Our emphasis on a pediatric population with multiple challenges is consistent with other research relevant to the investigation of the effectiveness of psychosocial treatments. For example, in their studies investigating the effectiveness of a group intervention for encopresis, Stark and colleagues (Stark et al., 1997; Stark, Owen-Stively, Spirito, Lewis, & Guevremont, 1990) enrolled only children who had previously failed to respond to medical treatment alone. As Kazdin (1999a) pointed out, often participants in controlled investigations have fewer or less severe issues than youth seen in pediatric practices. This limits the generalizability of any treatment effects to general clinical practice (Drotar, 2002). Our investigation focused exclusively on youth presenting with clinically relevant poor health status (i.e., mean HbA1c levels 11%) and/or health behaviors (i.e., poor adherence to prescribed medical care), youth and families who are most likely in need of ancillary intervention to improve health status. As such, while not an investigation of clinical effectiveness per se, this study contributes to the growing emphasis on clinically meaningful outcomes in pediatric psychology.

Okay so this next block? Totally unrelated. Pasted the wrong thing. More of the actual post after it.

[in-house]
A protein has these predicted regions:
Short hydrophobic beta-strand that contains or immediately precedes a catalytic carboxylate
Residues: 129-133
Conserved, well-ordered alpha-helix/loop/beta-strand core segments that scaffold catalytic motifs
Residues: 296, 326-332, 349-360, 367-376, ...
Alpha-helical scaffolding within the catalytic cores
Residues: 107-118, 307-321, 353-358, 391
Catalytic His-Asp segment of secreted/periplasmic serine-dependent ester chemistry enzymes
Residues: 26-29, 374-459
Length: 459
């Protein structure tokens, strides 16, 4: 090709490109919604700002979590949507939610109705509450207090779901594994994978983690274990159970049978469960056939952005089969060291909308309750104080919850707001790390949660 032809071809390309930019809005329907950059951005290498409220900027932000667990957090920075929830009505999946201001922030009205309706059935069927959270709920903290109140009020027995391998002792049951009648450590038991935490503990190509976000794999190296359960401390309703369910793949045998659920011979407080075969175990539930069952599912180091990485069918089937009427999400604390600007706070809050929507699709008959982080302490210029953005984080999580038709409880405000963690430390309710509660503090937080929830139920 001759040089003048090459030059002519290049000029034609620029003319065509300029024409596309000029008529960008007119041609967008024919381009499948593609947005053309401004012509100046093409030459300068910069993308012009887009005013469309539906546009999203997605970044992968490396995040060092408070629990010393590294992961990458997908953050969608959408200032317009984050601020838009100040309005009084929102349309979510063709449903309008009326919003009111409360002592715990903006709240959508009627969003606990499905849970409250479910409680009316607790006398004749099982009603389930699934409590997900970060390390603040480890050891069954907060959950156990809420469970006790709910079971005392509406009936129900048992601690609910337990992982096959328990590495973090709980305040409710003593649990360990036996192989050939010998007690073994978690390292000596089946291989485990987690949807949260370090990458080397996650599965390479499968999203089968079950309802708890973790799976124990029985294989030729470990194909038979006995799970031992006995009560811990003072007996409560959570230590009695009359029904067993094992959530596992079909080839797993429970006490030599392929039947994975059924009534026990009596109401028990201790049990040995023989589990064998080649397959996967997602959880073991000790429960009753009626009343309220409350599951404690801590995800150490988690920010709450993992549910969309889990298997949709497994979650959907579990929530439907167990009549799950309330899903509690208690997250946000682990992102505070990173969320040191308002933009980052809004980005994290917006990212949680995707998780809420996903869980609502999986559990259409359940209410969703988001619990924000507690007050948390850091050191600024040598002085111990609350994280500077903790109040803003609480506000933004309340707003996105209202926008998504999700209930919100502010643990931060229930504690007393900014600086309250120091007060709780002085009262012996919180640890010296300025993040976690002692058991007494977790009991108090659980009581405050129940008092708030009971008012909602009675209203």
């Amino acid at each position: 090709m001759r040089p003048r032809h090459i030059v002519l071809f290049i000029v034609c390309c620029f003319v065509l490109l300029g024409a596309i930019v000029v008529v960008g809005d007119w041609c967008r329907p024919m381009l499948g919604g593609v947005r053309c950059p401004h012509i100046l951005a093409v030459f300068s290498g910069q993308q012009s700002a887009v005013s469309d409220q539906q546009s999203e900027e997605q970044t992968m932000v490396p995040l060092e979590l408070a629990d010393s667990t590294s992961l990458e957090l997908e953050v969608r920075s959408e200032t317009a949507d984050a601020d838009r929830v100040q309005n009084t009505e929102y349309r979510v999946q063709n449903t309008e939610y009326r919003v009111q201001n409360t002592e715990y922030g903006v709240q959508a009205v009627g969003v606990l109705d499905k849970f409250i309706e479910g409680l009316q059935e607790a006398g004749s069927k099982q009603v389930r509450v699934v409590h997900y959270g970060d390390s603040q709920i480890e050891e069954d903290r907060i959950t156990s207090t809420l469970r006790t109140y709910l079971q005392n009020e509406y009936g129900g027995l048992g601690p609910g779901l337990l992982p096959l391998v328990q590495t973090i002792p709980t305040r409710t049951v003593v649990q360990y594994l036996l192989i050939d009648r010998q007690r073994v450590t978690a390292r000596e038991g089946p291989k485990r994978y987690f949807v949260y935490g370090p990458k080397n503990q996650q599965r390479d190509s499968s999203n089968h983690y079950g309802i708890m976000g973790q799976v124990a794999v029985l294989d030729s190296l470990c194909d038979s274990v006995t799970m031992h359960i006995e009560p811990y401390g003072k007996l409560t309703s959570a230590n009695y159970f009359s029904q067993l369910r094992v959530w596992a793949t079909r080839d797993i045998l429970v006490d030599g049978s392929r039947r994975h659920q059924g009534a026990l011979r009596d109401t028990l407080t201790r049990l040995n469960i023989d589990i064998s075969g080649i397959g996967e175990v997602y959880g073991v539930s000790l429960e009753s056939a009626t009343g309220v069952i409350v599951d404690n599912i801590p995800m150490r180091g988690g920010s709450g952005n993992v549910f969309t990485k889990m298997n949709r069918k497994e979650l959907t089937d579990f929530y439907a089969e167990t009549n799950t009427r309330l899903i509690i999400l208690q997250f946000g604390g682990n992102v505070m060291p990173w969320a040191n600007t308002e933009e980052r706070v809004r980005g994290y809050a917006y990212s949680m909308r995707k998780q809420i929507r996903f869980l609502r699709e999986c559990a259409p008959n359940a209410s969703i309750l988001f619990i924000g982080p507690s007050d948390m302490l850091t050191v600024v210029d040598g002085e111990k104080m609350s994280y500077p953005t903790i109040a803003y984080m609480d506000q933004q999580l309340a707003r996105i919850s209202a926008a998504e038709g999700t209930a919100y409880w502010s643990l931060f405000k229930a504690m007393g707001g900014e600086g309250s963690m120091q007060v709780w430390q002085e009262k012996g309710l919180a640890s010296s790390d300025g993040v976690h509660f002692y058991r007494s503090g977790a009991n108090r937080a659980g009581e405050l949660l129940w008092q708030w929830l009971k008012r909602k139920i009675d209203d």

Further, this study demonstrates the use of social comparison to assess clinical significance of an intervention. Drotar (2002) highlighted the need to extend evaluation of empirically-based treatments in pediatric psychology beyond null hypothesis significance testing (NHST) given that NHST relies on examining the efficacy of psychosocial interventions and limits our ability to determine which treatments work in real clinical practice (Weisz, 2000). This study demonstrates one method for moving beyond NHST toward a model that evaluates the value of the findings that family therapy with adolescents with diabetes improves health-related and general functioning. Weisz (2000) suggested that by using alternatives to NHST, clinicians are able to determine if an intervention, like the one used in this study, produces meaningful change for those receiving treatment. In this particular case, for adolescents with poorly controlled diabetes and their parents, BFST produced both statistically significant changes in diabetes-related conflict and general family conflict based on NHST (Harris & Mertlich, 2003) and moderate effects based on a test of clinical significance. The case for clinical significance is enhanced by previous research suggesting that changes in family conflict have important implications for treatment adherence and metabolic control (Anderson et al., 1981; Gustafsson et al., 1987; Hauser et al., 1990; Miller-Johnson et al., 1994; Wysocki, 1993). It should be noted that BFST did not produce statistically significant changes in HbA1c levels in the treatment group. This may be due to a variety of factors, most likely the fact that BFST rather than BFST-D was used. BFST-D has shown to result in greater changes in treatment adherence and metabolic control (Harris, Wysocki, Buckloh, Oelbaum, & Antal, 2006; Wysocki et al., 2006, 2007).